…and the history continues in Franklin…..

Further to my blog about marking our history in Franklin, (as we are in the years of having notable historical events to recount), is a little info about connections to possibly one of the most famous kiwi warships, HMS Archilles – being the first NZ unit to engage the enemy in WWII.

A movie was made about the Archilles part in the war – this 1956 poster advertising the movie – river-plate-movie-poster

When the cruiser HMS Achilles opened fire on the German ‘pocket battleship’ Admiral Graf Spee in the South Atlantic, at 6.21 a.m. on 13 December 1939, it became the first New Zealand unit to strike a blow at the enemy in the Second World War. With the New Zealand ensign flying proudly from its mainmast – as battle loomed, a signalman had run aft with the ensign shouting ‘Make way for the Digger flag!’ – Achilles also became the first New Zealand warship to take part in a naval battle.

The 82-minute engagement between the Graf Spee and its three smaller British opponents – Achilles, Ajax and Exeter – was inconclusive. All four were damaged, with the British ships suffering 72 fatalities (among them two New Zealanders) to the Graf Spee’s 36. But the German warship’s subsequent withdrawal to the neutral Uruguayan port of Montevideo, and its dramatic scuttling by its own crew on 17 December, turned the Battle of the River Plate into a major British victory – and a welcome morale boost for the Allied cause.

Achilles’ role in the battle was a special source of pride for New Zealanders, who welcomed the ship’s crew home at huge parades in Auckland and Wellington in early 1940.

Archilles article Jan 2015

Archilles links wanted

The original Admirals Barge that was aboard the Archilles, was found on Waiheke Island and a Waiuku local managed to purchase the barge for restoration.
Franklin, as with other parts of the country and the world, has it’s share of history – albeit, younger than overseas, but history none-the-less! and here we have descendants of crew who served on the Archilles, as I can personally vouch for.

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A sad loss……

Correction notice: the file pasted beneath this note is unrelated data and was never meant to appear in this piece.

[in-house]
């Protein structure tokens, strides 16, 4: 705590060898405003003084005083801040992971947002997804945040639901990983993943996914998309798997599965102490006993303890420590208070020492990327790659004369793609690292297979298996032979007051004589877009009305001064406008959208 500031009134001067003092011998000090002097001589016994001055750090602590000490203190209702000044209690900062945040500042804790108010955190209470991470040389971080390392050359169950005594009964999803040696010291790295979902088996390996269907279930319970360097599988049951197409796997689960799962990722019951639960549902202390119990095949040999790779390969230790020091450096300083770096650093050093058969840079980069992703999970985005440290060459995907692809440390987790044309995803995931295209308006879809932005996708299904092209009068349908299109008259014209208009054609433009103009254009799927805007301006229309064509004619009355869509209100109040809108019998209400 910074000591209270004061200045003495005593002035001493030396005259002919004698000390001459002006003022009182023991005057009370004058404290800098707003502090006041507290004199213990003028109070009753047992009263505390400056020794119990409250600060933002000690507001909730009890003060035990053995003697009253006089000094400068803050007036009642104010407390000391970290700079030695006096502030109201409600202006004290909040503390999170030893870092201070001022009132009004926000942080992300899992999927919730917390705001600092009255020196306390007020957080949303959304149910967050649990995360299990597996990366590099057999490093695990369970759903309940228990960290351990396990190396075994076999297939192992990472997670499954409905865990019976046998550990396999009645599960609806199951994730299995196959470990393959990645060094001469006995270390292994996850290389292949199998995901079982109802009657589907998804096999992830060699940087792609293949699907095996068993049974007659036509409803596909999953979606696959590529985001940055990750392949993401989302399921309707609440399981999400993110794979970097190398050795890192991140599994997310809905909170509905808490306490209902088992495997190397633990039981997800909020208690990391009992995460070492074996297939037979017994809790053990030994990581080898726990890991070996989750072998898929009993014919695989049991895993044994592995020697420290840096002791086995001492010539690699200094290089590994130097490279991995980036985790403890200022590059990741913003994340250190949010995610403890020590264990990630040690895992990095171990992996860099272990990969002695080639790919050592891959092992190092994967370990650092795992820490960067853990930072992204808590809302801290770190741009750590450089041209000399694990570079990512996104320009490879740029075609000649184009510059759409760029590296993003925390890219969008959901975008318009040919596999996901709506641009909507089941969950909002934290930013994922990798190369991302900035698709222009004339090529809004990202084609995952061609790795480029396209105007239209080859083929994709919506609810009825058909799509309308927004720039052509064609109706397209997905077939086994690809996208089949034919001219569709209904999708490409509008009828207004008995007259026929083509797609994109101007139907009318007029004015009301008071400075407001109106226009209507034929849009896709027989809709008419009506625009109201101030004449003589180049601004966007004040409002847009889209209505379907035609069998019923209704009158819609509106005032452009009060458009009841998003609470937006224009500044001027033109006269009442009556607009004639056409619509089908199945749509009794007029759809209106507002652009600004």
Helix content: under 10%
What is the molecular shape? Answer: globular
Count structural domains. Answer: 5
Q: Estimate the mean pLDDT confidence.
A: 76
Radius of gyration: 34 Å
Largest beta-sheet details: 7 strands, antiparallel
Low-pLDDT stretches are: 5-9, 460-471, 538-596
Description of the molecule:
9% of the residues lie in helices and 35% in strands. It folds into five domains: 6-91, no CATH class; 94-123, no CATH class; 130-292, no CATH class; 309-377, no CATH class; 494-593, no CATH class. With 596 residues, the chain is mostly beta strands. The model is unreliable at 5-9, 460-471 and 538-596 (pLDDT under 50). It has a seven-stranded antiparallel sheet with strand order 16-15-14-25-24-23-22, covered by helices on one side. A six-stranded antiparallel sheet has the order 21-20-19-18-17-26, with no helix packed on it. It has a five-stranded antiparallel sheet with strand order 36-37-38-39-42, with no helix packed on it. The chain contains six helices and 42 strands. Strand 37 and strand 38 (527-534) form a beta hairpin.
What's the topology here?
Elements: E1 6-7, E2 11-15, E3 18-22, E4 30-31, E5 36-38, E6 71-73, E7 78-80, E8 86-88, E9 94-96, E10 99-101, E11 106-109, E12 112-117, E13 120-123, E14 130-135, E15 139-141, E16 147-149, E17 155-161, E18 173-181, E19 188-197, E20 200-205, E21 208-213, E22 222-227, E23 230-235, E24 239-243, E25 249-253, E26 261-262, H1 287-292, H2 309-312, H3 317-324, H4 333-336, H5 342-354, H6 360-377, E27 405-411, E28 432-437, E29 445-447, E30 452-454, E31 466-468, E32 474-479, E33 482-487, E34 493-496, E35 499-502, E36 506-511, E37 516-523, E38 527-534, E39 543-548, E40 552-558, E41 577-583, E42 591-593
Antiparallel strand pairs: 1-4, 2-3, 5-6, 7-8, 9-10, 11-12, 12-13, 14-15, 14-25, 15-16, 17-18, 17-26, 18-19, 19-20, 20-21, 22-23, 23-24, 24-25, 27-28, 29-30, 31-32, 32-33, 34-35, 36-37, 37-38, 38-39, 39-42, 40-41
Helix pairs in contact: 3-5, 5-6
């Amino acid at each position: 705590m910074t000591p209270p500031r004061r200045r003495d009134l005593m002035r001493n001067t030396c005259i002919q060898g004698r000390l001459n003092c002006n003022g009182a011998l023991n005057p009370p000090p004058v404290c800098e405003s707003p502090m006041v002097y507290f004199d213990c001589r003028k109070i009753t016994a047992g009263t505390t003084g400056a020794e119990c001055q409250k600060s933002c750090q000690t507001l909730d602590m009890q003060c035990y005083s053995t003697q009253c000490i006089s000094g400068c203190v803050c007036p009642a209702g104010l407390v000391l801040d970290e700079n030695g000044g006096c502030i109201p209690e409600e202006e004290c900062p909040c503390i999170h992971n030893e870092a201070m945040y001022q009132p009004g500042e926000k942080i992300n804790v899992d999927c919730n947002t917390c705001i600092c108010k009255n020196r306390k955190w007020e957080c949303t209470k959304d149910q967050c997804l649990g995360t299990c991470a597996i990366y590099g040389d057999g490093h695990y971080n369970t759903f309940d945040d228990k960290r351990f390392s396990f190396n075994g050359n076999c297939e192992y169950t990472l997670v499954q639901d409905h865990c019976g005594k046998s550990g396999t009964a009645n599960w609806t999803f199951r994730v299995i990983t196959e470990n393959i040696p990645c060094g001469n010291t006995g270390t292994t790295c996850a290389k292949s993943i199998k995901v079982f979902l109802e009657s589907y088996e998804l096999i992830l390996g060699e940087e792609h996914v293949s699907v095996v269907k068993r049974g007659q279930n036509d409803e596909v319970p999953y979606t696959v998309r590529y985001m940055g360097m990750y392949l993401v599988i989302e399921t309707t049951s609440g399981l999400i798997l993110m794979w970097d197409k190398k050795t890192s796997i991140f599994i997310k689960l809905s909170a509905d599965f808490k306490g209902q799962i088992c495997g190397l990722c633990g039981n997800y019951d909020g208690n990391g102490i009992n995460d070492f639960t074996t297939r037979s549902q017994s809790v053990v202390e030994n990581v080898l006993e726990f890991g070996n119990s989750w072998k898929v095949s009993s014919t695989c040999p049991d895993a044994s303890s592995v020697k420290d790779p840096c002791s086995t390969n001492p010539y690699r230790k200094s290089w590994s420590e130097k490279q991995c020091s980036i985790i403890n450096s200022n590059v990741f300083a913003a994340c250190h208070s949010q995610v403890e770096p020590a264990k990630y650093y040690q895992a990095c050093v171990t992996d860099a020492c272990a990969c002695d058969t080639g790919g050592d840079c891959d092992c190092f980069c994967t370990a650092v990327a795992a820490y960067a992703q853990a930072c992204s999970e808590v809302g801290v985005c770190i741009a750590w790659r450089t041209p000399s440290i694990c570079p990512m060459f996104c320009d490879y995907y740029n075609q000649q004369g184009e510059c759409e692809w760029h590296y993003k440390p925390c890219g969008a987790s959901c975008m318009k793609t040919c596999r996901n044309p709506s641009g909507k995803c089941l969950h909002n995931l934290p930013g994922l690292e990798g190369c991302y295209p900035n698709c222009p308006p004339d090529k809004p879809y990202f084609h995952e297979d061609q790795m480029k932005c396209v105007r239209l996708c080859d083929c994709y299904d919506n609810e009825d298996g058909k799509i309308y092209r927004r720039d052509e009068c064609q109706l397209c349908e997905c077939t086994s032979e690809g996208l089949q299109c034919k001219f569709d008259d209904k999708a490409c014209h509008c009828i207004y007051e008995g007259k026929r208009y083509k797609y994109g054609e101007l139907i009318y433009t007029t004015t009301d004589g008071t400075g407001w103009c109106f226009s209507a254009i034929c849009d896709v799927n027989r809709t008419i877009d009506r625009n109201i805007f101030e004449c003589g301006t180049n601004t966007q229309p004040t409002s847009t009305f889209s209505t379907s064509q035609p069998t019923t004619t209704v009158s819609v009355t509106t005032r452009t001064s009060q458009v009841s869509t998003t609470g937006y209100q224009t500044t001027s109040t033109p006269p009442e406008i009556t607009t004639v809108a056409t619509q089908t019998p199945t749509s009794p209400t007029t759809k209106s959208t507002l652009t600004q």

Whilst my blogs are 99.9% about our region here in Franklin Country – today I felt that I needed to do something a bit more worldwide.
Robin Williams actor

It was announced this morning that another very clever and respected person has passed away – Robin Williams, actor

The report states that Robin Williams had, reportedly, been suffering from depression of late, and is suspected of taking his own life.

The occurrence of suicide, mainly due to depression, seems to be becoming more widespread, or is it that we have more ways in which to hear of these things?
As the Depression info site says ” depression is more than just a low mood” – it is serious

Depression is one of the most common reasons that people are absent from work, or are unable to run a home.
The World Health Organisation estimates that by the year 2020, depression will be the second most common cause of ill-health and premature death worldwide.
Depression is the most common risk factor for suicidal behaviour (it’s estimated that depression increases the risk of suicide by 20 times).
There’s no simple answer as to why people become depressed. It’s often a combination of things and it varies from person to person. We do know that some people are more likely to become depressed than others. Depression can also be triggered by a difficult situation in your life, or it can build up over many years. Sometimes there’s no obvious reason.

We have seen on telly, Sir John Kerwan offering help and trying to do his “bit”, to make us more aware and offer help links.

It is very sad to lose friends, family and loved ones at the best of times, and often we tend to mask depression until it is too late – as the stars in Hollywood are proving! The list of high-profile people known to suffer from depression is quite long….and that doesn’t take into account the everyday person on the street, going about their everyday lives. We all need to take time out for ourselves, families and friends.

There is always someone out there who will listen and be available to help – depression helplines

+ depression helpline freephone 0800 111 757
Talk to a trained counsellor who can discuss your situation and find you the right support. Available 24 hours a day, 7 days a week.

+ lifeline freephone 0800 543 354
Lifeline’s telephone counselling service provides 24 hours a day, 7 days a week counselling and support. http://www.lifeline.org.nz

+ the lowdown
The Lowdown is a website to help young New Zealanders understand depression from their own perspective. Talk to a trained counsellor by free txt (5626) http://www.thelowdown.co.nz

+ samaritans freephone 0800 726 666
If you need someone to listen, call Samaritans at any time. They offer non-judgemental, confidential support to anyone in emotional distress and are available 24 hours a day. http://www.samaritans.org.nz